2. Ceedee Lamb - 21
3. Justin Jefferson - 19
4. Jerry Jeudy - 13
5. Henry Ruggs III -12
6. Brandon Aiyuk - 3 pic.twitter.com/Ti8bTuo296
As a rookie, his contested catch ability was non-existent. He had more than his share of opportunities to make contested catches — there were no fewer than a half dozen examples in the targets video above — and he simply... didn't.
Reagor was unable to disguise when the ball was arriving, tipping off corners on when to punch the ball out, and I felt that his aggressiveness on those opportunities left something to be desired.
Reagor had a high drop rate in college, and while we only dinged him for one drop on the 2020 season, there were certainly other passes that could have been caught, but weren’t. He made the easy catches, but we haven't yet seen him make difficult ones.
The two most appealing traits Reagor exhibited coming out of TCU were his deep speed and his run after catch ability. His run after catch production was disappointing. To begin, he ran out of bounds a lot. In a league where so many defensive backs suck at tackling, you don't want to do their job for them, and in my opinion, Reagor left meat on the bone at times.
But also, he often didn't see the field well. Against the Rams on a quick screen, he had a clear lane to the outside (it also appeared the play design was to the outside), but ran into the teeth of the defense instead. Late in the season against Dallas with seconds left in the first half, the Eagles tried to set up a screen to Reagor instead of a Hail Mary like the Chiefs did successfully to Dallas with Tyreek Hill, and with a slew of blockers out in front, Reagor ran directly into the only defender in the immediate vicinity.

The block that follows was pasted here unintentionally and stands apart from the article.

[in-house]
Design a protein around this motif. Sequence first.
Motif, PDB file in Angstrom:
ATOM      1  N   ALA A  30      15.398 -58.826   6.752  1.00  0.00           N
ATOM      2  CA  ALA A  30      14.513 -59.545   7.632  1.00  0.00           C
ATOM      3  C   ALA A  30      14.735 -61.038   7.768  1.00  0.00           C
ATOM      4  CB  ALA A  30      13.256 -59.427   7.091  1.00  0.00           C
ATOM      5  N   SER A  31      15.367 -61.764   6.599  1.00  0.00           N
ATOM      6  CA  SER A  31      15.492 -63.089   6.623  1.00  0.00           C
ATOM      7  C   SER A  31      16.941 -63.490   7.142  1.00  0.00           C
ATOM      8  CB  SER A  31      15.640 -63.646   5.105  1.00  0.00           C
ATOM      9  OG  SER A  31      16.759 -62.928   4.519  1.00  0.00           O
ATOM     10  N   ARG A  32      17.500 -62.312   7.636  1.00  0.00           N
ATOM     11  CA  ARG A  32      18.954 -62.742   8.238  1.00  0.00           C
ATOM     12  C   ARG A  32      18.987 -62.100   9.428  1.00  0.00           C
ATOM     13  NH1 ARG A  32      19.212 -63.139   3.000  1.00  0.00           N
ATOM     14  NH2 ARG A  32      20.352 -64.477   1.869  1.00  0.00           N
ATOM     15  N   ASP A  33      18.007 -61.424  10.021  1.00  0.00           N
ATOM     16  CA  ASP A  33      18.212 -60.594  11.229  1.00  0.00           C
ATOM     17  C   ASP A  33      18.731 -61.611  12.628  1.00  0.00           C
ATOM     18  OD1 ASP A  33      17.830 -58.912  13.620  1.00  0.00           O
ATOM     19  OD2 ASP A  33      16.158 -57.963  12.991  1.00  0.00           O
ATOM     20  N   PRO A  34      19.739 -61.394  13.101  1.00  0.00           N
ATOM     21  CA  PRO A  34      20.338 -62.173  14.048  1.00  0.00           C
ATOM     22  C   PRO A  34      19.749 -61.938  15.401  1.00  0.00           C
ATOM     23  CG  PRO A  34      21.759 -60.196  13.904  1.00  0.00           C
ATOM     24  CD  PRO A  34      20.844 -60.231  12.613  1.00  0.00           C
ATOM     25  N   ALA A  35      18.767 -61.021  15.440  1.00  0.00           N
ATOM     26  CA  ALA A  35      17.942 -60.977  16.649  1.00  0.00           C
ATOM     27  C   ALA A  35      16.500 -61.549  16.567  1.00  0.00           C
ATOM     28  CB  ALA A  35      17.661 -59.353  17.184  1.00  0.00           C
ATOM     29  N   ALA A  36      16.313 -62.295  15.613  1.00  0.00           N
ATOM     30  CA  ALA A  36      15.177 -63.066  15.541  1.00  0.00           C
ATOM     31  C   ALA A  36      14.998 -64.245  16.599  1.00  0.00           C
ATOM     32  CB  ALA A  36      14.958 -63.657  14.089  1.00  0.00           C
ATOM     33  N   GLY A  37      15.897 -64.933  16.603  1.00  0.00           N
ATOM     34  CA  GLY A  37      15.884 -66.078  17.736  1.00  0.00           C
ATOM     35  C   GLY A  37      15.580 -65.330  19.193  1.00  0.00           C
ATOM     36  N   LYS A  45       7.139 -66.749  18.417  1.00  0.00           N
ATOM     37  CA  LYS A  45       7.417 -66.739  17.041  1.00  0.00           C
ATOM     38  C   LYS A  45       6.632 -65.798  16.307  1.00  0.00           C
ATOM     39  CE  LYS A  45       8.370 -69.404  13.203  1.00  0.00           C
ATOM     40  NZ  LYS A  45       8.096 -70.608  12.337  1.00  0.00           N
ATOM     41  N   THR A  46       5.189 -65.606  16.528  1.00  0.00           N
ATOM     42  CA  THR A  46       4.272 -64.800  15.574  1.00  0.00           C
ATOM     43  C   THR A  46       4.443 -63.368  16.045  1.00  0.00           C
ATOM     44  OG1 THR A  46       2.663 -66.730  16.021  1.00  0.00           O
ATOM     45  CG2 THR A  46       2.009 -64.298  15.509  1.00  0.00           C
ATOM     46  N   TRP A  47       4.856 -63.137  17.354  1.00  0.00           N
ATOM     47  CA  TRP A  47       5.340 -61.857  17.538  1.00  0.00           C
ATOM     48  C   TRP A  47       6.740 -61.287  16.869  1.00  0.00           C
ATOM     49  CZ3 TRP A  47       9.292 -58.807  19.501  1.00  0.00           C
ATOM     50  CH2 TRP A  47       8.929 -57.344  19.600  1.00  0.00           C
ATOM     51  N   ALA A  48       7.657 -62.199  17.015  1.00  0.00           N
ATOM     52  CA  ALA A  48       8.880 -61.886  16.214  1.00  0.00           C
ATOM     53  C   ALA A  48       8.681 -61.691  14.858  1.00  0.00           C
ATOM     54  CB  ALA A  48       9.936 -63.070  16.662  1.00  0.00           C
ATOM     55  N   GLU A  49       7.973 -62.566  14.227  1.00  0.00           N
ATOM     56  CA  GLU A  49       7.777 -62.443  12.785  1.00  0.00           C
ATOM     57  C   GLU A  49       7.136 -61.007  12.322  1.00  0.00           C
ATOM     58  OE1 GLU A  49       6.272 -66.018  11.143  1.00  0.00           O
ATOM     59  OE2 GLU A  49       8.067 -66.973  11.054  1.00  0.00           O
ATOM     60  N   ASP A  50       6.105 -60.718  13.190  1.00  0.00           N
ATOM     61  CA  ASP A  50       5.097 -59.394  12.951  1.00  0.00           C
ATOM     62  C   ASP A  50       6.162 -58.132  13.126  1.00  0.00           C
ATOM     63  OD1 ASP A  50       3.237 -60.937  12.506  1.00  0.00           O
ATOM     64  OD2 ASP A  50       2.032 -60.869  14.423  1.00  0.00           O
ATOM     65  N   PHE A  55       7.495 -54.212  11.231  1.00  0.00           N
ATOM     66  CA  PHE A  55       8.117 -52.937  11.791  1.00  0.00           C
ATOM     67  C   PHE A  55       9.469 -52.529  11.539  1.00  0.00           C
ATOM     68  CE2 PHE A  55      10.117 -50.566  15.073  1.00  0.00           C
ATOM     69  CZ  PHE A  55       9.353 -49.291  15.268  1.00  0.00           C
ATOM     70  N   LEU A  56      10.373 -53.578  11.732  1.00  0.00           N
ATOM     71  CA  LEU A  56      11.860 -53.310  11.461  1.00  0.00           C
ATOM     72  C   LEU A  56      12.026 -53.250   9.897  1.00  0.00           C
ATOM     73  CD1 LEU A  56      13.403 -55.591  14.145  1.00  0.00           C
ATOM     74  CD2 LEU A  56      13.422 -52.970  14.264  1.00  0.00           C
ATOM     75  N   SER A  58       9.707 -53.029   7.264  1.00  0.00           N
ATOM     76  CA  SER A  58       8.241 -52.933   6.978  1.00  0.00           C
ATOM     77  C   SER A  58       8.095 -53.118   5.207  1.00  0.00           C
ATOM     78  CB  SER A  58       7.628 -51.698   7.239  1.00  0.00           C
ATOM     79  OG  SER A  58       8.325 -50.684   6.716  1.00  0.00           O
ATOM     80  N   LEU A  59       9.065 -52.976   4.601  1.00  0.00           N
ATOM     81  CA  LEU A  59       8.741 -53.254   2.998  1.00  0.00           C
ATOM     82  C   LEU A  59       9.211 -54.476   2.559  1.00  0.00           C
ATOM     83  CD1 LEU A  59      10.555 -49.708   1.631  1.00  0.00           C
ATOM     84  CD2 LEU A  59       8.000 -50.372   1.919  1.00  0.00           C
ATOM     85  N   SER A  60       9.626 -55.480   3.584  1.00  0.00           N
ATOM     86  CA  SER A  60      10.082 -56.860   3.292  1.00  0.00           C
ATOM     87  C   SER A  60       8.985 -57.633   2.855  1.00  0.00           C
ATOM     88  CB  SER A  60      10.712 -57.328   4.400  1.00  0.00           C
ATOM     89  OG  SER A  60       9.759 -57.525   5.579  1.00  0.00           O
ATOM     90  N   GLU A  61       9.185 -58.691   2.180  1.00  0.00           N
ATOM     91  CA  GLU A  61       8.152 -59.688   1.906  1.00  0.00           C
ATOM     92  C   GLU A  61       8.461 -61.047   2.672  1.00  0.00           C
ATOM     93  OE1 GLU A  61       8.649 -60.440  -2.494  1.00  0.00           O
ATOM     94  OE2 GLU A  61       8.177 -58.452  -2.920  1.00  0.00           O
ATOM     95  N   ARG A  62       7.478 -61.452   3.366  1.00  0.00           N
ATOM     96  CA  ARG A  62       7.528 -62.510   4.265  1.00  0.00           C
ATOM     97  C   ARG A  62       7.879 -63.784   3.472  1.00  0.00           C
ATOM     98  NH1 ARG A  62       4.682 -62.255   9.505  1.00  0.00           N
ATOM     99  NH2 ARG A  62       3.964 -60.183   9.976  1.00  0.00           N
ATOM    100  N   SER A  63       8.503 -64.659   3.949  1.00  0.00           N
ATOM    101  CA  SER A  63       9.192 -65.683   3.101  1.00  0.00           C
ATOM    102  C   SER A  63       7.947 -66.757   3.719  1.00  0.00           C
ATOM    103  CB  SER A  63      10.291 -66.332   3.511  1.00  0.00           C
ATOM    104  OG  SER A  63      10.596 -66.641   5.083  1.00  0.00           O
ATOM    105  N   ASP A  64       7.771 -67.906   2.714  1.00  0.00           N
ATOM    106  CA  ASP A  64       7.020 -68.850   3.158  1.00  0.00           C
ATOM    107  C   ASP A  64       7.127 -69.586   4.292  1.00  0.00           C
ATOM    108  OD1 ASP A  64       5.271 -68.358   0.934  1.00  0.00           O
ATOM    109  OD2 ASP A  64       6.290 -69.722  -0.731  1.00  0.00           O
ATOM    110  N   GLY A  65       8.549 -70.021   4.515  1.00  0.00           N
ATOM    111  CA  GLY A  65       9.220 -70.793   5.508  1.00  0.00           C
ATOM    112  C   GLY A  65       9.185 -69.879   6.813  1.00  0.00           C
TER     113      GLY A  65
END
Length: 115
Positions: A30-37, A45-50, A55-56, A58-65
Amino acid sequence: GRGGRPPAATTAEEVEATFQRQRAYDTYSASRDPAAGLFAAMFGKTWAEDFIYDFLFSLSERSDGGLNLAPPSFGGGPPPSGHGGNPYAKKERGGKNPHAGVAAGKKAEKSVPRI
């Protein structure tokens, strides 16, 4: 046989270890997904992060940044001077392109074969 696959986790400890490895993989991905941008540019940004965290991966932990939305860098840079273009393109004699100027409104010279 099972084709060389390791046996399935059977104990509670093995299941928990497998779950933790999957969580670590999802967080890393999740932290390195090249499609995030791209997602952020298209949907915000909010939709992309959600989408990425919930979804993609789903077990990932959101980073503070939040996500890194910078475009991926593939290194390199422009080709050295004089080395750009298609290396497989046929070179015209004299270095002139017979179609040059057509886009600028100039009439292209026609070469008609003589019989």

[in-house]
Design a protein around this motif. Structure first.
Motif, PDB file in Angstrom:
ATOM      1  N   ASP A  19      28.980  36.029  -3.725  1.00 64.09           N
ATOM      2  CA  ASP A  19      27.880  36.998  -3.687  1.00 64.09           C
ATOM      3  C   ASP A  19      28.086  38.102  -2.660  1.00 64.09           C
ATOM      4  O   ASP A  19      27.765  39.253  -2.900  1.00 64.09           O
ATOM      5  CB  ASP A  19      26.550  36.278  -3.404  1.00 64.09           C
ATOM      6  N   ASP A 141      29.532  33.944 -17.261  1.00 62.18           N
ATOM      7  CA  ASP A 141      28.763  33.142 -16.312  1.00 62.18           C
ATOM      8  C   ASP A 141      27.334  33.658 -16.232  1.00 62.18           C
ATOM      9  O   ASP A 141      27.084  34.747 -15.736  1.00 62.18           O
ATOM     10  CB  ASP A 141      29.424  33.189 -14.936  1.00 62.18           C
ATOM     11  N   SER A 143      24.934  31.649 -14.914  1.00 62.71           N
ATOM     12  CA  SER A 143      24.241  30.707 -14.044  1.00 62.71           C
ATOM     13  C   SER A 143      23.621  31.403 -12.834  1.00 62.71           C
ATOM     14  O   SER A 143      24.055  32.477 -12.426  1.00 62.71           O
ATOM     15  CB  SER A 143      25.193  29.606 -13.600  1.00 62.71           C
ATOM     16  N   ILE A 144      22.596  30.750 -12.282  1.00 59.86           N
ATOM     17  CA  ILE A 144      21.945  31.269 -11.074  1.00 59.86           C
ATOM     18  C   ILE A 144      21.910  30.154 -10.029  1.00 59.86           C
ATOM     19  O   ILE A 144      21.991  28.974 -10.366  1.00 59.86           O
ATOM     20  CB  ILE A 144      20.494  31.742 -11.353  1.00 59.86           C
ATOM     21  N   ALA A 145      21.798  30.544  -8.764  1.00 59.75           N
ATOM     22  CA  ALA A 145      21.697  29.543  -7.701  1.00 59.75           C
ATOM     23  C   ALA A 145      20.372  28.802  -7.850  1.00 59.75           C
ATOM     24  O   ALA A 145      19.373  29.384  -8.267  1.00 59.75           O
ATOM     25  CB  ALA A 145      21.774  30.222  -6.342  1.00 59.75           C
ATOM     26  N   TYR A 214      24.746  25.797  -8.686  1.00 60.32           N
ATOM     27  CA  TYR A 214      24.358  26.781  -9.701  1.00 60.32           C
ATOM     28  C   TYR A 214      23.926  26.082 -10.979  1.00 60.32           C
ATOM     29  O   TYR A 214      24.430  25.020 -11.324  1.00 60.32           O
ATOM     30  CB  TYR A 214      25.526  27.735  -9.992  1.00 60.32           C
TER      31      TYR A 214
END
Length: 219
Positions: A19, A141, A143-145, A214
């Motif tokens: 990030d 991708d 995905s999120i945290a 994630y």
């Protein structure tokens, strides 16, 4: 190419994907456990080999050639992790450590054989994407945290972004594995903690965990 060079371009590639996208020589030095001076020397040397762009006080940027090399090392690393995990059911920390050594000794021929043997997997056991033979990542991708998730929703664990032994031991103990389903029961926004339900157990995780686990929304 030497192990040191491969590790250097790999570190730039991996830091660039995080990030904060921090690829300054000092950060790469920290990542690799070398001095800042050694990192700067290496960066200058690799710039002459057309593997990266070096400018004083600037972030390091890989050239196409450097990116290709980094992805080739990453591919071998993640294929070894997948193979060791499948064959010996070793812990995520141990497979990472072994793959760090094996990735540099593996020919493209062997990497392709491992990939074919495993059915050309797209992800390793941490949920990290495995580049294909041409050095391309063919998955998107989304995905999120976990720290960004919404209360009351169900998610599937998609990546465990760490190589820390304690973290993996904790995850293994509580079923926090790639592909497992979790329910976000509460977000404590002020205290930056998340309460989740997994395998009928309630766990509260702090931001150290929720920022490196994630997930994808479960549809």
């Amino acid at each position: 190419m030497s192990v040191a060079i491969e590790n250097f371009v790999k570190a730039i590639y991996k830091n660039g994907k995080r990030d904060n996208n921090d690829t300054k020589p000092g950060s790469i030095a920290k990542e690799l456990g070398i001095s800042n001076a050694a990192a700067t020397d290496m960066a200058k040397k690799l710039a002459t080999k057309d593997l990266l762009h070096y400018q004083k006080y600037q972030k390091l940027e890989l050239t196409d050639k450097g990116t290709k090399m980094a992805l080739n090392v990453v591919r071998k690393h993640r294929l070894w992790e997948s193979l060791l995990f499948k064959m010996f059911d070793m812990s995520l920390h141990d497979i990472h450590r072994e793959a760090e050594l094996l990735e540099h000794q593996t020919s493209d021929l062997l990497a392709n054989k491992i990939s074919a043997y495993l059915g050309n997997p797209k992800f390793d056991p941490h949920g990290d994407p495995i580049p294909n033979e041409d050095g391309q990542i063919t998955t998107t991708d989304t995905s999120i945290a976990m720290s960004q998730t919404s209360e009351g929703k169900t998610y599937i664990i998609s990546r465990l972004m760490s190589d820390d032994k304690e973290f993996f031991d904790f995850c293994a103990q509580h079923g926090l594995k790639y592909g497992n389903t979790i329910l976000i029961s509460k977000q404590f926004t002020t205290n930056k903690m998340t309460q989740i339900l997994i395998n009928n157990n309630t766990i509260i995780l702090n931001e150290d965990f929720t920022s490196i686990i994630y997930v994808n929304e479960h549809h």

There was a play Week 16 against Dallas in which Hurts got picked off by Trevon Diggs with the game already essentially over, and Reagor didn't bother trying to tackle him. It wasn't the most egregious lack of effort I've ever seen, but it did catch my eye.
And then earlier in the season, once again against Dallas, Wentz extended a play, and Reagor had good positioning coming across the field relative to the two Cowboys defensive backs trailing him. On the all-22 look in the targets video above, watch the effort from Diggs vs. the effort given by Reagor. Diggs made the interception, despite Reagor being in much better position to make the play.
When you add up those two examples, plus the lack of aggression on contested catches and leaving meat on the bone with the ball already in his hands, I have effort concerns.
The early theme of Nick Sirianni's coaching tenure is competitiveness, so we'll see if Reagor takes to that.
The Eagles typically felt more comfortable putting the completely unthreatening Greg Ward back to return punts over Reagor, because they trusted him more to actually field punts. Reagor was a muff risk, but obviously, he provided the threat of a big play, like we saw against the Packers.
Reagor is too big a threat to be standing on the sidelines while Ward is getting four yard returns. The Eagles should have him fielding punts every day in training camp.
Reagor's rookie season was slowed by injuries, poor quarterback play, and a bad scheme, so excuses can be made for his lack of production, much in the same way excuses were made for his modest production at TCU. However, there were clearly a laundry list of concerns that emerged from Reagor's 2020 season that cannot be hand-waived away by excuses. He has the talent, but the bad outweighed the good.
Reagor is highly likely to start once again in 2021, playing a combination of the Z, and in the slot. The Eagles' record of drafting players in recent years has not been good, but perhaps equally concerning has been their lack of player development, the offensive line aside. Reagor is a player who has tools that can be developed. He and the Eagles need to figure out how to unlock them.